TOCA Race Driver 2: The Ultimate Racing Simulator PS2 Review

TOCA Race Driver 2 was first released on the Xbox and was applauded for its wide range of vehicular racing. Console Obsession for one loved the diversity of each drive and during the story mode we didn’t fear the unexpected but rather revelled in each and every new race. A PS2 port was inevitable, as if Codemasters’ could allow the Gran Turismo series to continue to dominate the simulation side of PS2 gaming.

TOCA Race Driver introduced plot devices to the racing genre to great success, despite this it didn’t really add much to the game, partly because the racing itself was so dramatic. The plot still remains but Ryan McKane is now nowhere to be seen and instead is replaced by a first person view that gives you a more personal perspective of your surroundings and of any character you are supposed to be conversing with (now totally done with FMV), obviously you are the real star wearing the racing leathers and helmet this time around. The drama off the track is passable enough but the real drama is to be found in the many different racing events you are able to participate in.

TOCA Race Driver 2 has so much to boast in the wide amount of variation it has to offer. Namco’s R: Racing attempted to collectively bring together assorted racing events, but failed on many accounts, where Namco went wrong Codemasters’ have come up trumps. A wide array of motors that can be raced over a mind-blowing number of tracks does nicely live up to the “Ultimate Racing Simulator” of the title. This PS2 version even comes with a brand new and exclusive track. Spain’s Catalunya does seem a little bland in comparison to many of the others though, which include the hilly Bathurst and the famous Laguna Seca raceway amongst others. Still we’re not complaining, as Catalunya is a nice change after racing on all the other tracks so many times on the Xbox version.

The cars may not be in the hundreds but the differing attributes of each one present a huge amount of variation. TOCA Race Driver 2 is fantastic value for money with its diverse pool of cars, there’s DTM vehicles, Rally cars, classy convertibles, vintage motors, hulking Super Trucks and more. The majority of the vehicles have their own distinctive feel when out on the track, for example the Super Trucks are rather awkward, refusing to turn round corners if you treat them like they’re lightweight vehicles, whilst others such as the GT Lights give you more feeling that you’re fully in control. The rallying is nice enough but is one of the games major disappointments especially if it’s compared to Codemasters’ own sublime Colin McRae Rally series.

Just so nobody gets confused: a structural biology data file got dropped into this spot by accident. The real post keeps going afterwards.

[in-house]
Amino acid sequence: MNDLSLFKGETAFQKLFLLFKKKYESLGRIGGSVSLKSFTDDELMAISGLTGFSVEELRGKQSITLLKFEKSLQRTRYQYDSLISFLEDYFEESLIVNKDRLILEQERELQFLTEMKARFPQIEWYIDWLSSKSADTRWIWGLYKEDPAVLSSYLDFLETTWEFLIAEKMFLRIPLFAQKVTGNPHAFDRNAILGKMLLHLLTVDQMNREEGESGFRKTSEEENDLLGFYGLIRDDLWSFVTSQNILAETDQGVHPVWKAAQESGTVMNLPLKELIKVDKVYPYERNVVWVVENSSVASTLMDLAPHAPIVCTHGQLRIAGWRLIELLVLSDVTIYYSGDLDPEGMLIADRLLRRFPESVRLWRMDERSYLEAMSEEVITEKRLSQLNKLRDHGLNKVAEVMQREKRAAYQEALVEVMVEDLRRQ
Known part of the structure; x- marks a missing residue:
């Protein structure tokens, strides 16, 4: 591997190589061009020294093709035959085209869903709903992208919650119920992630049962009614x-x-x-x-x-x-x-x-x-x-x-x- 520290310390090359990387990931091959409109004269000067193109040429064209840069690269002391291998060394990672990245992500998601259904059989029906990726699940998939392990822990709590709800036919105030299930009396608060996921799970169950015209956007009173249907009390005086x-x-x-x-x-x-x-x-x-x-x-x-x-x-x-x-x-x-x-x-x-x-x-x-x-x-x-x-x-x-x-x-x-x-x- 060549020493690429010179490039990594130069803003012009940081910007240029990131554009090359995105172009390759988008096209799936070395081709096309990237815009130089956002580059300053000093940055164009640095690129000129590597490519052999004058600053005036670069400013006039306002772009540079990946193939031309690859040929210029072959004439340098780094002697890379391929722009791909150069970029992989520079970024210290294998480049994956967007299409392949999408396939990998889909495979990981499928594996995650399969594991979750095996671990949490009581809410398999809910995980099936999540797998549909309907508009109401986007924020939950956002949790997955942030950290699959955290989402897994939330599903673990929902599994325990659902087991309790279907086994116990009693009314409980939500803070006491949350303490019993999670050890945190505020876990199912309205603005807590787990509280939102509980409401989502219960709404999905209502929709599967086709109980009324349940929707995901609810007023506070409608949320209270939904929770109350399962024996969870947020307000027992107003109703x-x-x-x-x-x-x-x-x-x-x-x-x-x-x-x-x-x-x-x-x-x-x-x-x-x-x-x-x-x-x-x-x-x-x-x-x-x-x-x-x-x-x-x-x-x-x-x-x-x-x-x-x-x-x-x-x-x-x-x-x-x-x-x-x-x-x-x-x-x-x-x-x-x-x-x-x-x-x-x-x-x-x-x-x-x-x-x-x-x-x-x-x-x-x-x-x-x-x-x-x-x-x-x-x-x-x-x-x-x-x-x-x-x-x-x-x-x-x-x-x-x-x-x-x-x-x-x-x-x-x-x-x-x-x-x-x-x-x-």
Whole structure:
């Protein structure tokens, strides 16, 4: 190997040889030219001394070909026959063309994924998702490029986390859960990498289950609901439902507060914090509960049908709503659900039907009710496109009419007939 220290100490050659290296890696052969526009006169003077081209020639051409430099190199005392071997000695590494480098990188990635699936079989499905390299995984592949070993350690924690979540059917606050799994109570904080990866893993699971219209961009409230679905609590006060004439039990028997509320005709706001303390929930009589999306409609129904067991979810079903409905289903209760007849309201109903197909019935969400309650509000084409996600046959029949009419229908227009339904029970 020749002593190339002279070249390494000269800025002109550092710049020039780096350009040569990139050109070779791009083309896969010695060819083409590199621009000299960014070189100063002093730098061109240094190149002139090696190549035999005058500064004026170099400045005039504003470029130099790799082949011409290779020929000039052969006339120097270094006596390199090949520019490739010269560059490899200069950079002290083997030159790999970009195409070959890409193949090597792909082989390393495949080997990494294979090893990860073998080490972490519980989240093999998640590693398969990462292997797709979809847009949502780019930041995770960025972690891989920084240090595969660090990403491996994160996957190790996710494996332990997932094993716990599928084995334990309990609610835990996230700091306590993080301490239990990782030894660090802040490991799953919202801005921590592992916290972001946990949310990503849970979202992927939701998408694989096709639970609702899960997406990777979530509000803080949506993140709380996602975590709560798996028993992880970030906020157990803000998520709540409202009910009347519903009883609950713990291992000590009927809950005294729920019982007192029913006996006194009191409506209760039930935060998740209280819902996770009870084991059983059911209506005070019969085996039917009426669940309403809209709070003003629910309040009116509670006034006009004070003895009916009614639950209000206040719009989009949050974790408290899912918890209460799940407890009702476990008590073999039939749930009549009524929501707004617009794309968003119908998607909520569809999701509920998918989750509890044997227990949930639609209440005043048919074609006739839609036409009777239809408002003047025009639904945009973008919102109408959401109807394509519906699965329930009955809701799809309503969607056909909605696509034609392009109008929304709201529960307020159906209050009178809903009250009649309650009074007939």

This reviewer is admittedly more into pick-up-and-play arcade style racers rather then the heavy hardcore titles. It’s true that TOCA Race Driver 2 requires a lot of patience to draw the most out of it whereas arcade racers are more intuitive. TOCA Race Driver 2 has a quality we could not argue with, this kept us playing and we’ll still be racing long after this review starts sitting in our archives, therein the game definitely must be doing something right for us.

Patience does eventually pay with extra cars and tracks coming available, resulting from success in the extensive career mode. There are 31 massively different championships, which means you must get to grips with a wide load of diverse vehicles whilst racing against a rather clever bunch of non-robotic AI racers in order to progress. On occasion you are even able to choose your championship, this doesn’t alter the plot in any way and parameters do remain the same but it’s still a very welcome addition. When individual championships are completed they become available for use in the free race, 2-player split screen and System Link multi-player and online modes.

If System Link is an inconvenience for you and your buddies or a two-player mode just isn’t quite enough then those with a PS2 online account will reap the benefits and Codemasters’ had to tell the world that it’s the “only” online racing simulator after GT4’s online options were surprisingly dropped. Online the game can be played with up to 8-players in any series (granted you’re not hosting a game you can even play any series you are yet to unlock) on track simultaneously, although depending on your connection you may be recommended to lose a few for best results if you are hosting a game. We have seen occasions of lagging, but when it’s running smoothly it is a very enjoyable title online. The Super Trucks are still underused online much to our dismay though.

Graphically the game is gorgeous and the port from PS2 to Xbox is surprisingly very faithful with highly polished vehicles that each possess a showroom like shine, then there’s the draw-distance that quite literally stretches into the horizon and a very smooth frame rate that doesn’t even stutter when there is a mass field of cars on-screen. The new Terminal Damage Engine more a less means that a crash can almost crumple a car into nothingness (the particle effects aren’t as good on PS2), or at least a bit misshapen and in need of a sledgehammer to straighten things back out again. It not only looks cosmetically superb but also can squander your chances of finishing a race as key vehicle components become damaged.

The Ultimate Racing Simulator title is very apt as TOCA Race Driver 2 certainly is that. There is much value to be found for your hard earned cash and completion doesn’t even mean mastering the game, as those are two totally different things. If your patience doesn’t amount to much then the game may not be for you, but for petrol heads or those who just like a little more variation in their racing titles should have no reservations about picking this gorgeous racer up, oh you already have?